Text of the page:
Boundaries. Imagine if countries had no boundaries. We wouldn’t know who was ruling us. China, India, South America, and Russia could make rules for the United States. When we raise children, we teach them boundaries for their own good and the good of others. ie not touching/hitting others, not stealing. Psychologists have noted that people in general are much happier when they have boundaries. Why do some nursing leaders not have boundaries at work?
For the nurse leaders who started out as a staff nurses, changing their mindset to one of leadership requires new skills. Transitioning to leadership positions can be difficult because we have empathy with the bedside nurse. After all, we were just like them and most of us thought that “management was out of touch” with what goes on in the trenches.
Now you are the manager. To prove you’re still in touch, some leaders try to continue to do the tasks they used to do as a staff member while still trying to do their managerial work too. Now everyone, including you, feels that this is the way it’s supposed to be. So often nurses equate a “good manager” to one who works side by side with their staff. As a manager there is a whole new world of responsibility and new tasks that must be done. Because a lot of those tasks don’t include ‘hands on’ care, the perception of some may be that you are not ‘working’. When everyone else’s shift is over, now you have to start trying to get YOUR work done and wonder why your days are so long.
You haven’t set boundaries. You don’t recognize where one job starts and the other ends. You only have so much time and energy. The truth of the matter is you, as the manager, have become like a new country. Guidelines and boundaries need to be set up. Often staff expects you to be ‘like’ the previous manager. This can also present a problem especially if the previous manager was well liked. Remember you don’t have to run your country like the others did before you, but you do need to run it.
I once faced this very issue during an interview for a new managerial position. During the interview, I was informed that one of my duties would be to cover the nurses’ assignments when they were off. That was what the previous manager had done. There was a staff of seven with 4 weeks’ vacation each. Doing a little quick math in my head, I figured I would be working as a staff nurse for 28 weeks out of the year not including sick time or other leave. Having been in management for several years by then and understanding my role as a manager (coordinating, educating, data collection) among other things, I knew that this would not be the best way to utilize my skills as a manager. After explaining this concept of time not being used to supervise and the dilemma this posed for really doing the job they were hiring me for, I was offered the position and needless to say I didn’t cover staff assignments. It was my job to make sure the work was done, not to necessarily do it. I set boundaries. It was respected and my work life balance was better for it.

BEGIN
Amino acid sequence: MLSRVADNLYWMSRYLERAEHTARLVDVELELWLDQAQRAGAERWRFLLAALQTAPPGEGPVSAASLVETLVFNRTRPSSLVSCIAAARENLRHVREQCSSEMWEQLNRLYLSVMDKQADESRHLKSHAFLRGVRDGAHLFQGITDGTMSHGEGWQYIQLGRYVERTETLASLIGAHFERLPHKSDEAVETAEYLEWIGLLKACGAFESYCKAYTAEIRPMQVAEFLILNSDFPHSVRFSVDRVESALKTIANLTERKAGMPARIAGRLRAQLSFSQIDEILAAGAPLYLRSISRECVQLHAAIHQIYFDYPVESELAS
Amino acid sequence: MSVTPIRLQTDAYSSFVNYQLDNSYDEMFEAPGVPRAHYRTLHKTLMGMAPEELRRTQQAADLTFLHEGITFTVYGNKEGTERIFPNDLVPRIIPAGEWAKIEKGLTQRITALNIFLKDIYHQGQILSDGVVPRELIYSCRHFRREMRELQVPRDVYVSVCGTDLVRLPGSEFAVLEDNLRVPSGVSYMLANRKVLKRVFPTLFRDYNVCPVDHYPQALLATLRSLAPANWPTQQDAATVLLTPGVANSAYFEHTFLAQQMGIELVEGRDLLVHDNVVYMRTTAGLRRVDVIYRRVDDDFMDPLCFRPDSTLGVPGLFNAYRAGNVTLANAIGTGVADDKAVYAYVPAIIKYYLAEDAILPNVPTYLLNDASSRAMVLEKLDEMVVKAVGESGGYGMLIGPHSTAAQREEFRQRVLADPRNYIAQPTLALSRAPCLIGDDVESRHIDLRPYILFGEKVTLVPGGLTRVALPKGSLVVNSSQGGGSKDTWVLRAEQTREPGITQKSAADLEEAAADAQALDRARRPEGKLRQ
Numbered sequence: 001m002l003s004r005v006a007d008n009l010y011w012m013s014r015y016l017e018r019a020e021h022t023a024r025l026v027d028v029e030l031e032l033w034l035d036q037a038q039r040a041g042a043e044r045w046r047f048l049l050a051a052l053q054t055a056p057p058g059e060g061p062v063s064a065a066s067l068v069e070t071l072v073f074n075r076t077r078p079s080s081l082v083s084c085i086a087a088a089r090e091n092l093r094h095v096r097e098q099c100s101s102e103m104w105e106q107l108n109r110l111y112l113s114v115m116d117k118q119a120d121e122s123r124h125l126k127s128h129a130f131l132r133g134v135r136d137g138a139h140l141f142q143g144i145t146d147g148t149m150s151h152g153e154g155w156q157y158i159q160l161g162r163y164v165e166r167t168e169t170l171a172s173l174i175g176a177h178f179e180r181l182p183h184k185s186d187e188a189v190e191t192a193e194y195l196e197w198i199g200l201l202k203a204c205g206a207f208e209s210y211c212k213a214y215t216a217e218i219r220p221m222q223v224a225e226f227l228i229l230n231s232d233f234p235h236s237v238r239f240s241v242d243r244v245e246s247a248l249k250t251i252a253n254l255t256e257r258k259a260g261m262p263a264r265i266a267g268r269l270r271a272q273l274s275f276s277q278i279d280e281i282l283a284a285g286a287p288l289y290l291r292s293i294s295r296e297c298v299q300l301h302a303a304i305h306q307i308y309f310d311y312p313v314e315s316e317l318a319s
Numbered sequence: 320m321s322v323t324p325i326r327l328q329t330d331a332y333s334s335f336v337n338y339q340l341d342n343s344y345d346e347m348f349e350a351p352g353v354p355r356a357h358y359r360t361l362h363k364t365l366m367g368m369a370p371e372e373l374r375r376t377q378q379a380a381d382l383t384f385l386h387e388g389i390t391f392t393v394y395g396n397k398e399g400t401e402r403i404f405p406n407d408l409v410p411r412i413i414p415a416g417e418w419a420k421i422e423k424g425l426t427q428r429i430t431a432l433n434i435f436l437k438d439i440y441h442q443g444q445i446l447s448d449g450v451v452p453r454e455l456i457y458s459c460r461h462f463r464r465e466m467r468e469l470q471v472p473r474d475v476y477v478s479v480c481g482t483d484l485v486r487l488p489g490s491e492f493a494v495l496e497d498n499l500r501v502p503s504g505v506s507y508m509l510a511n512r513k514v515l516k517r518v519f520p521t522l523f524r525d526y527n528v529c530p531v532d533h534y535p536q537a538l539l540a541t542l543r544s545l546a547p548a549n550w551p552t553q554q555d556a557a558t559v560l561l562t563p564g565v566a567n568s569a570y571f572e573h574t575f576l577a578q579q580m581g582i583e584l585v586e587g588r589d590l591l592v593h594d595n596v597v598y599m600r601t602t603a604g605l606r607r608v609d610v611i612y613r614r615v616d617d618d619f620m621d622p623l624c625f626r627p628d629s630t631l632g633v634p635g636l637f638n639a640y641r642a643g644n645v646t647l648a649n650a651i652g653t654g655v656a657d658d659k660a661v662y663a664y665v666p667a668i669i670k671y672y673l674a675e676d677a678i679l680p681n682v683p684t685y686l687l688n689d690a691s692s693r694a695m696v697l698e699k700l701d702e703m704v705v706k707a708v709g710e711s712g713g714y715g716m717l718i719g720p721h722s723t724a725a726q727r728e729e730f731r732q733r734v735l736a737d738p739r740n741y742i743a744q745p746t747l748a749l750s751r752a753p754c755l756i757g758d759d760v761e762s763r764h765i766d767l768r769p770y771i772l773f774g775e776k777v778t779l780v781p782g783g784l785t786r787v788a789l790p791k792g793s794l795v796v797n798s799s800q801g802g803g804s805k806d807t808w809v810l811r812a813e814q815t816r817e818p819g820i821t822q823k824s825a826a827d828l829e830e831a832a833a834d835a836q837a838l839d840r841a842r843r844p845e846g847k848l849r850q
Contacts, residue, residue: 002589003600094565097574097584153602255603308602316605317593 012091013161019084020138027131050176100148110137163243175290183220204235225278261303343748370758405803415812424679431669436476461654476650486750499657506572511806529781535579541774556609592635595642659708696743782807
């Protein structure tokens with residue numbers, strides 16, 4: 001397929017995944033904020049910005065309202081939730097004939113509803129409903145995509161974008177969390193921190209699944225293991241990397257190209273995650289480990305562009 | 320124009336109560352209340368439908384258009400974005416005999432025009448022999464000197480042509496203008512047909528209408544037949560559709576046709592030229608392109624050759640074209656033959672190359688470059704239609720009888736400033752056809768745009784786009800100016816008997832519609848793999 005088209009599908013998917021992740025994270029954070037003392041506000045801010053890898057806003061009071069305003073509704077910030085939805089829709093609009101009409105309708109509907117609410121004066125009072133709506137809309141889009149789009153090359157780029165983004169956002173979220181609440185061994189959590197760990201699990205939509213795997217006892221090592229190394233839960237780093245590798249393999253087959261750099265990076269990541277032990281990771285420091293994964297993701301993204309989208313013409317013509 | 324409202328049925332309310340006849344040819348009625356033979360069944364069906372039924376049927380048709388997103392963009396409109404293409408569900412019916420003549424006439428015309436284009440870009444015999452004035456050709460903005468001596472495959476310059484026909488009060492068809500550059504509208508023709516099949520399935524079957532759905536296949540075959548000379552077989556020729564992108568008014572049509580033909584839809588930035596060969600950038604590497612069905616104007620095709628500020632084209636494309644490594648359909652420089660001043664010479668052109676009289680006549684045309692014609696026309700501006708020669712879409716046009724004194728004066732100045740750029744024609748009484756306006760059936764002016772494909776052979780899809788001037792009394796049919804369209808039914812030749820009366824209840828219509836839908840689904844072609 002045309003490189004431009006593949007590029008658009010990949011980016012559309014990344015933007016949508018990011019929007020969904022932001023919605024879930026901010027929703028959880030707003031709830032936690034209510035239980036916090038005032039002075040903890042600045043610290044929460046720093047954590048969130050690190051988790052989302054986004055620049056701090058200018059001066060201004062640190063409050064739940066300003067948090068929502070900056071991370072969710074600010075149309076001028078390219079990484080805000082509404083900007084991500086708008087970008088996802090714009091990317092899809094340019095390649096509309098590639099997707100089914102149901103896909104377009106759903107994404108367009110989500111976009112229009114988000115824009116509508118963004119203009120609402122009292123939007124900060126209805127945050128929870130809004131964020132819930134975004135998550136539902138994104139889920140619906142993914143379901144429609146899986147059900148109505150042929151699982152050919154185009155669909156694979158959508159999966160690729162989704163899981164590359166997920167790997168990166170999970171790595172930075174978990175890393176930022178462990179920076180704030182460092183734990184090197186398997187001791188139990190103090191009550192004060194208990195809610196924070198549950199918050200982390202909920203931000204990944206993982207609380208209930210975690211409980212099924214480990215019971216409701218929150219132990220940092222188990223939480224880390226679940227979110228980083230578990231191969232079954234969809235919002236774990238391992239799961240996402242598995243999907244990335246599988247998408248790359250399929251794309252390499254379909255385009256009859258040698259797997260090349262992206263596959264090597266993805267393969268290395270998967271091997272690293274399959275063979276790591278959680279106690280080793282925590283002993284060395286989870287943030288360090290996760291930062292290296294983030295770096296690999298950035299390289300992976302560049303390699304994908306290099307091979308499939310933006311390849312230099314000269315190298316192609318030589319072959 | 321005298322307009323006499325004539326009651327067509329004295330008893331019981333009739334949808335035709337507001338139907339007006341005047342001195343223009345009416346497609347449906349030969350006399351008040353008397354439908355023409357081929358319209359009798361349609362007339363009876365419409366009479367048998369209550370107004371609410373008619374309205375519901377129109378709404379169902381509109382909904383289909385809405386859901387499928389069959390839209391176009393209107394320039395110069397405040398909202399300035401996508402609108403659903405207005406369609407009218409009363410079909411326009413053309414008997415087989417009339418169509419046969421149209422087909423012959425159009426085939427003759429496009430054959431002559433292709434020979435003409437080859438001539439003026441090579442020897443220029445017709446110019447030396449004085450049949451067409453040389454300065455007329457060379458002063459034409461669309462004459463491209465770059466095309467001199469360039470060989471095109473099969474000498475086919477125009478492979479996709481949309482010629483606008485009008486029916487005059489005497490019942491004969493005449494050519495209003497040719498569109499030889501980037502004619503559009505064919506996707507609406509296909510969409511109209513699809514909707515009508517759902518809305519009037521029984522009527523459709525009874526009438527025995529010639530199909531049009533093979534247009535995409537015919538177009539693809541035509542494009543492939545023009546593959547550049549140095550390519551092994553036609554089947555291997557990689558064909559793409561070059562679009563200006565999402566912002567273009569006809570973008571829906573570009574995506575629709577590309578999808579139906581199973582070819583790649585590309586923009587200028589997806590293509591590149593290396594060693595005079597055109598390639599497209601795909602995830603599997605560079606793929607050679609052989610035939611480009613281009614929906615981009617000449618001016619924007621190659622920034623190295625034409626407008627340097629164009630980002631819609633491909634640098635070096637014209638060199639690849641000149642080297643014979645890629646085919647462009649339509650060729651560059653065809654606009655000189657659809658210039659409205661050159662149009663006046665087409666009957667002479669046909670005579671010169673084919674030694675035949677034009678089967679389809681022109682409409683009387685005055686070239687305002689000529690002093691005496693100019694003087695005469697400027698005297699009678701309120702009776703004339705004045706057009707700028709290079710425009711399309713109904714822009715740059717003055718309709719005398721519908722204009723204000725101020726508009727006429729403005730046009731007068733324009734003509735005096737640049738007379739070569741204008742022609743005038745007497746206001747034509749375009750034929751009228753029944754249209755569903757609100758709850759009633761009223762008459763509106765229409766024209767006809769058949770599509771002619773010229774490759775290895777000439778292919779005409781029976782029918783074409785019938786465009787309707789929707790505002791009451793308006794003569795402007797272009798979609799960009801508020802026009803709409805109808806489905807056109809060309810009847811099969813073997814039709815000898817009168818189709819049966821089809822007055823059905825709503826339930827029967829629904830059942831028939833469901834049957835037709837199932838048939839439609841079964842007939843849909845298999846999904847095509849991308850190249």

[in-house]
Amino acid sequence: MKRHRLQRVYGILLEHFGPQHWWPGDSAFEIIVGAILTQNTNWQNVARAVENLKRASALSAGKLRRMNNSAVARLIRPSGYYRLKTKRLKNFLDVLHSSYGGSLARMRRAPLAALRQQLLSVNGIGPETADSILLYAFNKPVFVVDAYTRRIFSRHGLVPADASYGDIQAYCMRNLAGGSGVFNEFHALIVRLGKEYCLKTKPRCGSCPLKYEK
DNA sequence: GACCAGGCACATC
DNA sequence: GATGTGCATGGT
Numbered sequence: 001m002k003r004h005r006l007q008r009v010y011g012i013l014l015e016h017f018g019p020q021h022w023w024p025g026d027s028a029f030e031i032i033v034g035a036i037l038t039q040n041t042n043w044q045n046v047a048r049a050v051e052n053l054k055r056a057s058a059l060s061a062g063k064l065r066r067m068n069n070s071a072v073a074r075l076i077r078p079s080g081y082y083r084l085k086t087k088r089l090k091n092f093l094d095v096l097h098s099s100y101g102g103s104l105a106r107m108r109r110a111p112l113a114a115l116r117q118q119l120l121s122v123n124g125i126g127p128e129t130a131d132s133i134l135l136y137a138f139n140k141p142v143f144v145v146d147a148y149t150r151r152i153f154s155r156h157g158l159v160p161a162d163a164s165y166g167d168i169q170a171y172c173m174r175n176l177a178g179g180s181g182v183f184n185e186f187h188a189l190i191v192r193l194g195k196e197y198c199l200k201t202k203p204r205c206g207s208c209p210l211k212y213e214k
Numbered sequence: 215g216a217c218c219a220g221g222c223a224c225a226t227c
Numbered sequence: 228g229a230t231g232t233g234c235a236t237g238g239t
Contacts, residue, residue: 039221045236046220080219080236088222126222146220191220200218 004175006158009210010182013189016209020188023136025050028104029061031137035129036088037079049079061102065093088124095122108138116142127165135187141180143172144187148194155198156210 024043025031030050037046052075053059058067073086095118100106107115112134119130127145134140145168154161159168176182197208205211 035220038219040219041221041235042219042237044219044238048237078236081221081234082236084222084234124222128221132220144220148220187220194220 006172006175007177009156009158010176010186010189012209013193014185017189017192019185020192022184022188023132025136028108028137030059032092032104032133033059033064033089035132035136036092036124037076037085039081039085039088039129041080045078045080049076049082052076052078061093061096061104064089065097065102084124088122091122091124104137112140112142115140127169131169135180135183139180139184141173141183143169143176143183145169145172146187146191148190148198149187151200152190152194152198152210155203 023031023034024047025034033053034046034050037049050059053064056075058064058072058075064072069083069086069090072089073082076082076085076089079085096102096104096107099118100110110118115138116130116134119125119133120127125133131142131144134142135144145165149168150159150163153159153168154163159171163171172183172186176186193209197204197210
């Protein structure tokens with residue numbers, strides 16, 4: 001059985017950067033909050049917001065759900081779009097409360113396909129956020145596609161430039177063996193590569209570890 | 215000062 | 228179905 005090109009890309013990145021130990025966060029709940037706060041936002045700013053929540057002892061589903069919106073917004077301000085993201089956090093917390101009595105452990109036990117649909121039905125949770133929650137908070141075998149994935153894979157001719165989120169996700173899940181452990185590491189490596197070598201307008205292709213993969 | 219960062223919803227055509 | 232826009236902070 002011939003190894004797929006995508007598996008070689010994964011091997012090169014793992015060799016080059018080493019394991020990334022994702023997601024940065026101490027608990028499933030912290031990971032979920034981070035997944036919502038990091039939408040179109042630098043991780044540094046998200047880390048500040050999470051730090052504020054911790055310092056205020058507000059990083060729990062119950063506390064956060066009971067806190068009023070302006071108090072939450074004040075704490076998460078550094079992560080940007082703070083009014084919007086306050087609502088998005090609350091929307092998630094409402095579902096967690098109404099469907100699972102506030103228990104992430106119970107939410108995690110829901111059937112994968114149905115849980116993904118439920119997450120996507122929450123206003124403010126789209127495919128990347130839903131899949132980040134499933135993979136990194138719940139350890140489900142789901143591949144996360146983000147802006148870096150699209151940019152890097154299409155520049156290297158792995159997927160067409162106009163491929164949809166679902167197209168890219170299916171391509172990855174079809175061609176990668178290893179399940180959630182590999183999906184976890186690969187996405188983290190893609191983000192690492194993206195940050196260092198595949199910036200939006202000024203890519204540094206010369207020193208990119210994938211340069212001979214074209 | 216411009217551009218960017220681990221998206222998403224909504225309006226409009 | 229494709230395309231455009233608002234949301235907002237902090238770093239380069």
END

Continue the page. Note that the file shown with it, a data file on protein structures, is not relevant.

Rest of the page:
Tips on How to Set Boundaries
- The role of a manager/ leader requires special skillsets. Honor that and realize you will need to have a new mindset without negating your past.
- Empathy is not sympathy. Use your knowledge of what it’s like to be a staff member and use your management skills to help find solutions.
- Decide what your boundaries are in order to create and maintain work-life balance.
- Work with your staff as part of the team with everyone having different contributions to the work of the team. Let them see how what you do contributes to the work they do.
- Design a plan so you and your staff can focus on the priorities of each role.
- Make your boundaries known up and down the chain of command.
- Stick to them.
Remember boundaries are good for everyone. Believe me EVERYONE will be happier in the long run.
I would love to know how you set boundaries at work. Is it working for you? Let’s talk about it. Join my Facebook Group The Leaders Journey Network.
Naomi is a Registered Nurse, Certified Life Coach and Motivational Speaker. She is owner and CEO of Consults Unlimited Inc., a Professional Life Coaching company. She is known as the Life Coach RN. As a Life Coach she specializes in helping nursing leadership “Live and Work Smarter not Harder!” With over 30 years of nursing experience, she has been in management for over 19 years. For more information about coaching with Naomi, visit http://www.LifeCoachRN.com
Category: Management, Nursing, Leadership, Uncategorized